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GOP divisions on display in Maine primary race

  • FILE - In this April 26, 2014 file photo, Bruce Poliquin, Republican candidate in Maine's 2nd Congressional District, speaks at the Maine GOP Convention in Bangor, Maine. Poliquin, a Harvard-educated businessman and former state treasurer, faces Kevin Raye in the June 10 primary.  (AP Photo/Robert F. Bukaty, File)

    FILE - In this April 26, 2014 file photo, Bruce Poliquin, Republican candidate in Maine's 2nd Congressional District, speaks at the Maine GOP Convention in Bangor, Maine. Poliquin, a Harvard-educated businessman and former state treasurer, faces Kevin Raye in the June 10 primary. (AP Photo/Robert F. Bukaty, File)

  • FILE - In this April 26, 2014 file photo, Kevin Raye, Republican candidate in Maine's 2nd Congressional District, speaks at the Maine GOP Convention in Bangor, Maine. Raye, former chief of staff to Sen. Olympia Snowe, faces Bruce Poliquin in the June 10 primary.  (AP Photo/Robert F. Bukaty, File)

    FILE - In this April 26, 2014 file photo, Kevin Raye, Republican candidate in Maine's 2nd Congressional District, speaks at the Maine GOP Convention in Bangor, Maine. Raye, former chief of staff to Sen. Olympia Snowe, faces Bruce Poliquin in the June 10 primary. (AP Photo/Robert F. Bukaty, File)

  • FILE - In this April 26, 2014 file photo, Bruce Poliquin, Republican candidate in Maine's 2nd Congressional District, speaks at the Maine GOP Convention in Bangor, Maine. Poliquin, a Harvard-educated businessman and former state treasurer, faces Kevin Raye in the June 10 primary.  (AP Photo/Robert F. Bukaty, File)
  • FILE - In this April 26, 2014 file photo, Kevin Raye, Republican candidate in Maine's 2nd Congressional District, speaks at the Maine GOP Convention in Bangor, Maine. Raye, former chief of staff to Sen. Olympia Snowe, faces Bruce Poliquin in the June 10 primary.  (AP Photo/Robert F. Bukaty, File)

In northern Maine’s sprawling 2nd Congressional District, where views tend to run more conservative than in the state’s heavily populated south, a spirited race for the Republican congressional nomination has voters deciding between a Tea Party-backed candidate or a traditional New England conservative.

Kevin Raye, former chief of staff to Sen. Olympia Snowe, has been cast as the establishment Republican running against a conservative with Tea Party credentials, Bruce Poliquin.

With the June 10 vote looming, the race is getting nasty, with Poliquin attacking Raye as a “liberal” and a “career politician” who refused to sign a no-tax pledge and Raye describing Poliquin as a polarizing candidate who will do anything to get elected, including relocating for an open seat to avoid taking on Democratic Rep. Chellie Pingree in the 1st District.

The negative attacks risk alienating some voters: “I know it’s probably effective, but not with me. I don’t like it,” said GOP voter Stan Moore.

GOP divisions have been on display in primary elections across the nation in recent weeks, with candidates representing the GOP’s establishment wing beating back Tea Party challengers in U.S. Senate races in Kentucky, North Carolina and elsewhere.

But conservative activists traditionally play an outsized role in lower-turnout elections – as Maine’s 2nd district is expected to be.

Beth Wallinga, a conservative from Old Town, said Maine’s Tea Party activists and libertarians want someone who reflects their values in the seat being vacated by Democratic Rep. Mike Michaud, who’s running for governor.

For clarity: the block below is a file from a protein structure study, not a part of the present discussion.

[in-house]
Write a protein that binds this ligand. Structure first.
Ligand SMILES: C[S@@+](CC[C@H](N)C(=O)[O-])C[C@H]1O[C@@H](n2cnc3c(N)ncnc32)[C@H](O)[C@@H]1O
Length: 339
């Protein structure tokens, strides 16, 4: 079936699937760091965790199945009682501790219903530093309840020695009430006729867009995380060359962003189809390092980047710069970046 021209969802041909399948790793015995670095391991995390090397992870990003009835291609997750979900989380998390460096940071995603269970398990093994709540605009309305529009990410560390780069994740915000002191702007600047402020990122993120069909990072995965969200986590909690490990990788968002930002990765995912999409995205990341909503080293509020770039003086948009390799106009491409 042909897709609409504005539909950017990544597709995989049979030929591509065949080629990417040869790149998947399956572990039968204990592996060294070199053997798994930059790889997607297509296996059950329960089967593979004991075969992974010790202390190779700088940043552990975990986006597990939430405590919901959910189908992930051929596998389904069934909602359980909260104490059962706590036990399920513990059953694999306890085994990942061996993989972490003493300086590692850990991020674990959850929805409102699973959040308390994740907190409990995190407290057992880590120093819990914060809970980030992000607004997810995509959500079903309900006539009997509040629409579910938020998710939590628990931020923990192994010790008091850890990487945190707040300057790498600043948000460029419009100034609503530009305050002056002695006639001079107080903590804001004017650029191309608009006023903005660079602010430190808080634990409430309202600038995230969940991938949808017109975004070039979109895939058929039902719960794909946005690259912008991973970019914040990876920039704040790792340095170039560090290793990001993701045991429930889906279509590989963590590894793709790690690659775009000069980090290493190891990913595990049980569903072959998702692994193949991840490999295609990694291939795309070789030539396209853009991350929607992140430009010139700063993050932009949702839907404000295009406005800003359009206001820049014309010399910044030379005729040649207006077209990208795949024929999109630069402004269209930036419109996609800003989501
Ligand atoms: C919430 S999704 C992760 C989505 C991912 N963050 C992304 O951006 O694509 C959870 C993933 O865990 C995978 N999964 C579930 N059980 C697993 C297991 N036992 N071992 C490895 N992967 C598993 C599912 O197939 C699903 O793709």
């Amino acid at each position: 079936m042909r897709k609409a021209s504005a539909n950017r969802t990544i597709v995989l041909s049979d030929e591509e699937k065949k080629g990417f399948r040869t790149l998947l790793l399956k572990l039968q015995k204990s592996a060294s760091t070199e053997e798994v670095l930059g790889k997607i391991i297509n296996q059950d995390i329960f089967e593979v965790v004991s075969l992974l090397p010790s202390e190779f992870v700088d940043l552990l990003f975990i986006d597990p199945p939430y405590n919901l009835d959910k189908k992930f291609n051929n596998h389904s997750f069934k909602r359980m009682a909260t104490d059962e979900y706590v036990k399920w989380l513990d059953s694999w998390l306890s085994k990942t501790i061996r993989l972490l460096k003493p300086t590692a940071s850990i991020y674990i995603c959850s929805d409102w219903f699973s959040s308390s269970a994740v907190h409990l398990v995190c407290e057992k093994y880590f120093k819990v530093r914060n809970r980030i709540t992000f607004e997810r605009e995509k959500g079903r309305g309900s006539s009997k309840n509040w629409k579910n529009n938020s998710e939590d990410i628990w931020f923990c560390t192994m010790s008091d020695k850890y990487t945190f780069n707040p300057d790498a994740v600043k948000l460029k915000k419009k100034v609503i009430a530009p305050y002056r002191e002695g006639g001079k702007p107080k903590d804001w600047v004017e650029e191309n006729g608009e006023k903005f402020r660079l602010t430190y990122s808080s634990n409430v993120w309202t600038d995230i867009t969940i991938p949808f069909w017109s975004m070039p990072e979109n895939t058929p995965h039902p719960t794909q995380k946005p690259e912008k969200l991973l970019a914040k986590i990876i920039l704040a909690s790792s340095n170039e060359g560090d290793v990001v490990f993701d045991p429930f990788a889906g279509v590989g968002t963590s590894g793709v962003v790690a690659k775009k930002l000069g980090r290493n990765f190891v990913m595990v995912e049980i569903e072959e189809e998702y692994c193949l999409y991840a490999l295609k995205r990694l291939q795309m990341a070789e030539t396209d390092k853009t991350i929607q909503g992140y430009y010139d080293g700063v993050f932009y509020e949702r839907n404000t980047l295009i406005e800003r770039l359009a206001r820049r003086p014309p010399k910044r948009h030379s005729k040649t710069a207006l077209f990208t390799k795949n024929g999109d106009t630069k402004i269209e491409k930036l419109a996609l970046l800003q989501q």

“Call us backwoods hicks or whatever you want. We value our privacy. We value our personal rights,” she said. “You’ve got to go with the candidate who most likely will protect that way of life.”

Raye, 53, has deep roots in Washington County, where his family runs a small business, Raye’s Mustard in Eastport. He served as Snowe’s chief of staff in Washington for years before returning to Maine to serve in the state Senate.

Poliquin, 60, is a Harvard-educated businessman whose career took him from Waterville to Chicago and New York before he returned to Maine and served as state treasurer.

Both were in Augusta when the legislature, with Raye as Senate president, approved GOP Gov. Paul LePage’s tax cuts and pension reforms. Poliquin supported the measures as treasurer in LePage’s administration.

With the stakes high, the candidates haven’t been shy about trading barbs. Poliquin has portrayed Raye as a moderate insider willing to compromise party principles, while Raye has cast Poliquin as a carpetbagger for moving into the district late last year. Both candidates reject those characterizations.

Poliquin moved from the coastal city of Georgetown to Oakland in December. He said he doesn’t like being attacked for choosing to live in a home that’s been in the family for years or for his success in business.

“My opponent is a career politician. This is what he’s been doing for his whole life,” he said, accusing Raye of going negative and being “inconsistent” on issues including taxes and universal health care.

Raye said history has shown he can work with both parties to move in a conservative direction. Poliquin, he said, would contribute to partisan gridlock.

“He wants to be part of stalemate and dysfunction. I’d like to go down there and solve problems and move beyond the ‘my-way-or-the-highway’ approach,” Raye said. “That doesn’t mean to compromise your principles.”

Neither has a huge fundraising advantage in the race’s final days. Poliquin had $141,000 and Raye $162,000 of cash on hand in reports this week.

House GOP leader Ken Fredette, who lives in Newport, said Republicans will need to quickly put the divisive campaign behind them.

“It’s important that once the primary is done that Republicans come out united, whether the candidate is Bruce or Kevin. The seat is clearly in play,” he said.

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